Adams Family Correspondence, volume 7



“The Death of General Warren at the Battle of Bunker's Hill, 17 June 1775,” by John Trumbull, 1786 19 [page] [image]

John Adams first met Dr. Joseph Warren (1741–1775) in April 1764 when Warren inoculated him against smallpox. The two became friends as they worked together for independence, though Warren took a more radical stand than Adams. Warren made his mark with orations on the 1772 and 1775 anniversaries of the Boston Massacre and was responsible for dispatching Paul Revere and William Dawes on their nighttime rides of 18 April 1775. As a general in the Continental Army, Warren dodged enemy fire on 17 June 1775 to join American troops in the Battle of Bunker Hill. During the conflict he was killed by a musket ball to the head. British soldiers buried his body on the battlefield, but it was later exhumed and interred under King's Chapel (John Adams to Abigail Smith, 13 April 1764 , and note 2, vol. 1:28, 29; Sibley's Harvard Graduates , 14:513, 515–516, 519–520, 525–526).

John Trumbull (1756–1843), the son of Connecticut governor Jonathan Trumbull, was a nineteen-year-old adjutant in the First Regiment of the Connecticut militia when he witnessed the battle from a post five miles away on the Roxbury Heights. A few miles to the southeast on Penn's Hill in Braintree, Abigail Adams and seven-year-old John Quincy Adams also watched the Charlestown engagement. The next day, Abigail wrote to her husband in Philadelphia to lament the death of Warren on “perhaps the decisive Day . . . on which the fate of America depends” (Abigail Adams to John Adams, 18 June 1775, and note 3, vol. 1:222, 223–224; Sibley's Harvard Graduates , 18:331, 334; Theodore Sizer, ed., The Autobiography of Colonel John Trumbull: Patriot-Artist, 1756–1843, N.Y., 1970, p. 17–19).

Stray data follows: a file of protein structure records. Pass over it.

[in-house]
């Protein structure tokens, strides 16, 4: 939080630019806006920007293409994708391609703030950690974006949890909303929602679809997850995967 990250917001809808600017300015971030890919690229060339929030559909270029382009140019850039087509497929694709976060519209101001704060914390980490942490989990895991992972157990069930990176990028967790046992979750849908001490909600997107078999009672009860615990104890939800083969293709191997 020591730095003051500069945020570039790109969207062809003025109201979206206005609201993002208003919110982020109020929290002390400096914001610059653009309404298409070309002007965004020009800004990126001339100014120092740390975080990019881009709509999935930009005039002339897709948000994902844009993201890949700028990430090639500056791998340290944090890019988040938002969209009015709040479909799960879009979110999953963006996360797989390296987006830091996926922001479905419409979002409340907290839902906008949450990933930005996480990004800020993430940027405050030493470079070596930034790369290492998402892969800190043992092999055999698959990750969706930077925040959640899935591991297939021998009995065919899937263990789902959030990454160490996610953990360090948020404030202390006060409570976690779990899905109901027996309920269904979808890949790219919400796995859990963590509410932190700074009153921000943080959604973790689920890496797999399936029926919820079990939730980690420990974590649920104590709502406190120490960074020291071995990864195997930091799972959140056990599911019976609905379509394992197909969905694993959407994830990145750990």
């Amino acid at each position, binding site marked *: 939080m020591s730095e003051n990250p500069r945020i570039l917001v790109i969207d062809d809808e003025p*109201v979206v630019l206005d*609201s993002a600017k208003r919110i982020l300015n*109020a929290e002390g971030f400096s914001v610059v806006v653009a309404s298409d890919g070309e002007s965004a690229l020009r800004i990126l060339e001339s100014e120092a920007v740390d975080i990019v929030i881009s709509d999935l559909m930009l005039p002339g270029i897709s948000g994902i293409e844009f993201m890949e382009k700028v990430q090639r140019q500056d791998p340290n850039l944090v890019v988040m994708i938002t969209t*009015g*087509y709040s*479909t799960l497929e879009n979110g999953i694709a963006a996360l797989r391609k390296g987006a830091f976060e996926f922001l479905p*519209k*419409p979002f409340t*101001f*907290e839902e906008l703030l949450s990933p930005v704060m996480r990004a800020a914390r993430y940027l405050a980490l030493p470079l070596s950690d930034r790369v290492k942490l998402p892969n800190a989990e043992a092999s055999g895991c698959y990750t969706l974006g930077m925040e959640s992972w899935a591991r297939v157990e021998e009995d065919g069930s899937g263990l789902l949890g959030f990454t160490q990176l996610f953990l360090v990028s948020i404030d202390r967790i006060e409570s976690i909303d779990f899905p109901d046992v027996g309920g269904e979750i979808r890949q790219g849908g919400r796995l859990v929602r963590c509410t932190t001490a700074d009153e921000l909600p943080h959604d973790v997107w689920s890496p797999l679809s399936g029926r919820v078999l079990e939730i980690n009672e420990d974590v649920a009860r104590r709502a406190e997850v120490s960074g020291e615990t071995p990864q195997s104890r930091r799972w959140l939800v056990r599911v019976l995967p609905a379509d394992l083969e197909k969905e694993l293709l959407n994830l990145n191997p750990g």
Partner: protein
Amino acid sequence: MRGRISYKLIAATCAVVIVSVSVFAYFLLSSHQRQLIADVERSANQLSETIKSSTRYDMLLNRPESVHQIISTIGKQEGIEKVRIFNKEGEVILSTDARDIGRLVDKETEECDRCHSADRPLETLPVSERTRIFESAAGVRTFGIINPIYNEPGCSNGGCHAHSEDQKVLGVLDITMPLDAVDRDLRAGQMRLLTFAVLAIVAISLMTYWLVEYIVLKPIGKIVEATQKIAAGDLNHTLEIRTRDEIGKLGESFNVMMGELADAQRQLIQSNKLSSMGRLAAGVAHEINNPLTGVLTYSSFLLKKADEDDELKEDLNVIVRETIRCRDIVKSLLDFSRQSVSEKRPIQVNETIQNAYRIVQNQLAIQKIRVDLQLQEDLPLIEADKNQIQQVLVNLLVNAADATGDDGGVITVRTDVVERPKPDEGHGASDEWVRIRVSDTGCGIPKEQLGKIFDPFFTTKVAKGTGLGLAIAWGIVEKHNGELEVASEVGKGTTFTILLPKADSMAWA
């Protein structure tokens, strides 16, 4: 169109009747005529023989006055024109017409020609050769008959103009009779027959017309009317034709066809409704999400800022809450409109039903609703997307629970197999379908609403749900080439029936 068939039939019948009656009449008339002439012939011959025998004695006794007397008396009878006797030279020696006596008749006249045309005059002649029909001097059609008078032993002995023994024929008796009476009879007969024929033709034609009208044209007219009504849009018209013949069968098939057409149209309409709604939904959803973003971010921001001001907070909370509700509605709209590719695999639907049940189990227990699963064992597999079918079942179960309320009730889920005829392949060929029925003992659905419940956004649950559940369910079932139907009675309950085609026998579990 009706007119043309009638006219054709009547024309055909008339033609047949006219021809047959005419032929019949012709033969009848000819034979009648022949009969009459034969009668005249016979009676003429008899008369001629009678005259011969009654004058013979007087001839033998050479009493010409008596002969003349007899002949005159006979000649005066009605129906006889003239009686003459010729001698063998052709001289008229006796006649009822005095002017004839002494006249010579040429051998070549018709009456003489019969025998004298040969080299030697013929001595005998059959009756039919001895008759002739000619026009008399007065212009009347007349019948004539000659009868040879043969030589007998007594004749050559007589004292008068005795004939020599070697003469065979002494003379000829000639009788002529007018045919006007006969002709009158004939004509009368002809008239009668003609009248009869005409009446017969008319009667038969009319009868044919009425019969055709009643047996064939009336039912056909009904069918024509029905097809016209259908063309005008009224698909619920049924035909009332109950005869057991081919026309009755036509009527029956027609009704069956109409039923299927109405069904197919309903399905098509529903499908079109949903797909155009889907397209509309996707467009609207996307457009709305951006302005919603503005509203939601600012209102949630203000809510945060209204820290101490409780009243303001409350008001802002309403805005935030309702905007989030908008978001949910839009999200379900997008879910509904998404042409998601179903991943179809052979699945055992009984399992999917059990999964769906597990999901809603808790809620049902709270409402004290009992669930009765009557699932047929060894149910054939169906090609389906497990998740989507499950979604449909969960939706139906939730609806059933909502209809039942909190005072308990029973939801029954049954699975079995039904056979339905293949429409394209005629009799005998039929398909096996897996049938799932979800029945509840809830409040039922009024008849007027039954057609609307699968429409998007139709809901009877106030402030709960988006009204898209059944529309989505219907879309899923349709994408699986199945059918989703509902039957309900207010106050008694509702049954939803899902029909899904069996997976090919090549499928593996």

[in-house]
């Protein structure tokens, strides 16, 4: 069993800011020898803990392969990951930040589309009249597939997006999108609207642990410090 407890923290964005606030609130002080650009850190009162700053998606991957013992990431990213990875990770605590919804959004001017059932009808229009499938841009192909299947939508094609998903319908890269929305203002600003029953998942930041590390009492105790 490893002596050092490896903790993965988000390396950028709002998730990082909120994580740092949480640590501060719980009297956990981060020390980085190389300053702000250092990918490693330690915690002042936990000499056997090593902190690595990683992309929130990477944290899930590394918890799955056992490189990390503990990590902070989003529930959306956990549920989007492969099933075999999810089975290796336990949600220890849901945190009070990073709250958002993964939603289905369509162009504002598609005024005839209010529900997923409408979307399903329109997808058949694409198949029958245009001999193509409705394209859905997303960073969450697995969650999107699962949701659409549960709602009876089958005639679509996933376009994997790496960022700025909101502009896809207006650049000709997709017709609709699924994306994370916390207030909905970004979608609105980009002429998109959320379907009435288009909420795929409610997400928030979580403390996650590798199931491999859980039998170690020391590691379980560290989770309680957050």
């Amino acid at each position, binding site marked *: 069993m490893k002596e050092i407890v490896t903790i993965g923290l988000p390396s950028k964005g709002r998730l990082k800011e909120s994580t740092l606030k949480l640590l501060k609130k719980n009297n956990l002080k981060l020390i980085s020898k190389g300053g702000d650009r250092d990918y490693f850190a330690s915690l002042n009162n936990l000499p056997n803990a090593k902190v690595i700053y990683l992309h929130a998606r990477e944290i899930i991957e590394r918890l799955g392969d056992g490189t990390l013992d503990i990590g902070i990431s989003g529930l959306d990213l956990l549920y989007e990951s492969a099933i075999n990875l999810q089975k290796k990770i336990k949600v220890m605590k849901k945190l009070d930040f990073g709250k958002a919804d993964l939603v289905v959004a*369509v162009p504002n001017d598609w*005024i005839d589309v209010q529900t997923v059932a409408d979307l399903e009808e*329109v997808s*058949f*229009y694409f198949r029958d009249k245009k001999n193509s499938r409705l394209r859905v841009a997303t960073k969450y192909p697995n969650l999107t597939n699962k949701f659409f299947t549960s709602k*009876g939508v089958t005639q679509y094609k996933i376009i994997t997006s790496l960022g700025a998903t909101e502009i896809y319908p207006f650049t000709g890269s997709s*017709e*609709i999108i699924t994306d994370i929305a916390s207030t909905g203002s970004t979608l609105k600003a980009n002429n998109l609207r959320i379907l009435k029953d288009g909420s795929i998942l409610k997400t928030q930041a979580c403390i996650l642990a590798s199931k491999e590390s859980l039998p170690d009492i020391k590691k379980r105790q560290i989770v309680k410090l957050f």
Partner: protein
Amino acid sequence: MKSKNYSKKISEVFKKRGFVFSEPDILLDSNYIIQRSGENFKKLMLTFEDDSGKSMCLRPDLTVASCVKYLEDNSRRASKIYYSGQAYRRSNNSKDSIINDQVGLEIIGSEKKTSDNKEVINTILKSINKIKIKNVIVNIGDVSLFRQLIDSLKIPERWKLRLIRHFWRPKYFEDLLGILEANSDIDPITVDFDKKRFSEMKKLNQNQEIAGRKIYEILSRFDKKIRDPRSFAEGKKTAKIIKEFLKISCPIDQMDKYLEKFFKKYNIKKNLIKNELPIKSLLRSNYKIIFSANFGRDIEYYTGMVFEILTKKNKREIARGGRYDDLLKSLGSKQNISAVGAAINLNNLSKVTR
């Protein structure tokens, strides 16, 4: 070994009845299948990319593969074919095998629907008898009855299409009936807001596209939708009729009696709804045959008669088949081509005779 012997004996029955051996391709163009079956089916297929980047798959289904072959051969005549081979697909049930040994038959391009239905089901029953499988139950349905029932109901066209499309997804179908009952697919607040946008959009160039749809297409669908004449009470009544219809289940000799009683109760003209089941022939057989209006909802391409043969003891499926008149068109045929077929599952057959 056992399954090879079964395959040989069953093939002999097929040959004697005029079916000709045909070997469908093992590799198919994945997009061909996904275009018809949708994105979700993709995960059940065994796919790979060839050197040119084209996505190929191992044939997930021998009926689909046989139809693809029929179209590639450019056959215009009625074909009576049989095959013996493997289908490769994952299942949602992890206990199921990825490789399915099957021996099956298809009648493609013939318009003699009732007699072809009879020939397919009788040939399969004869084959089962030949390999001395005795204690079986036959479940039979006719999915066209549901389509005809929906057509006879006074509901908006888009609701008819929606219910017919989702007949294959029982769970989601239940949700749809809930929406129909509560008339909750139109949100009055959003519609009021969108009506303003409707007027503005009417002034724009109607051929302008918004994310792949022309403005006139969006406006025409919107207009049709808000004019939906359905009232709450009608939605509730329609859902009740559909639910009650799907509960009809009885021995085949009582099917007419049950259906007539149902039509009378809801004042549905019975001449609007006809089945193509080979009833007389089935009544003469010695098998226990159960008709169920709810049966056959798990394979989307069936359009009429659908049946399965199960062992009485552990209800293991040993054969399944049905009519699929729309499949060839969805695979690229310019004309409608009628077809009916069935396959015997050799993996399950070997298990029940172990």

The young officer on Roxbury duty would pursue a postwar career as an artist, apprenticed to Benjamin West. Trumbull completed his Death of General Warren at the Battle of Bunker's Hill in early 1786 in London. Upon seeing it, Abigail wrote that “my Blood Shiverd,” while Abigail 2d told her brother that “it is enough to make ones hair to stand on End” (Abigail Adams to Elizabeth Smith Shaw, 4 March 1786; Abigail Adams 2d to John Quincy Adams, 22 Jan. 1786, both below).

English artisans refused to engrave Death of General Warren because it glorified an American victory, so Trumbull, with the help of John Adams and Thomas Jefferson, produced an engraving on the Continent. Probably because the work's theme offended English sensibilities, the engraving was a commercial failure. Two copies of xthe print now hang in the Adams family “Old House” at the Adams National Historical Park, gifts from the artist to John Quincy in 1826 (Theodore Sizer, The Works of Colonel John Trumbull: Artist of the American Revolution, rev. edn., New Haven, Conn., 1967, fig. 145; Jefferson, Papers , 10:250).

Courtesy of the Yale University Art Gallery Trumbull Collection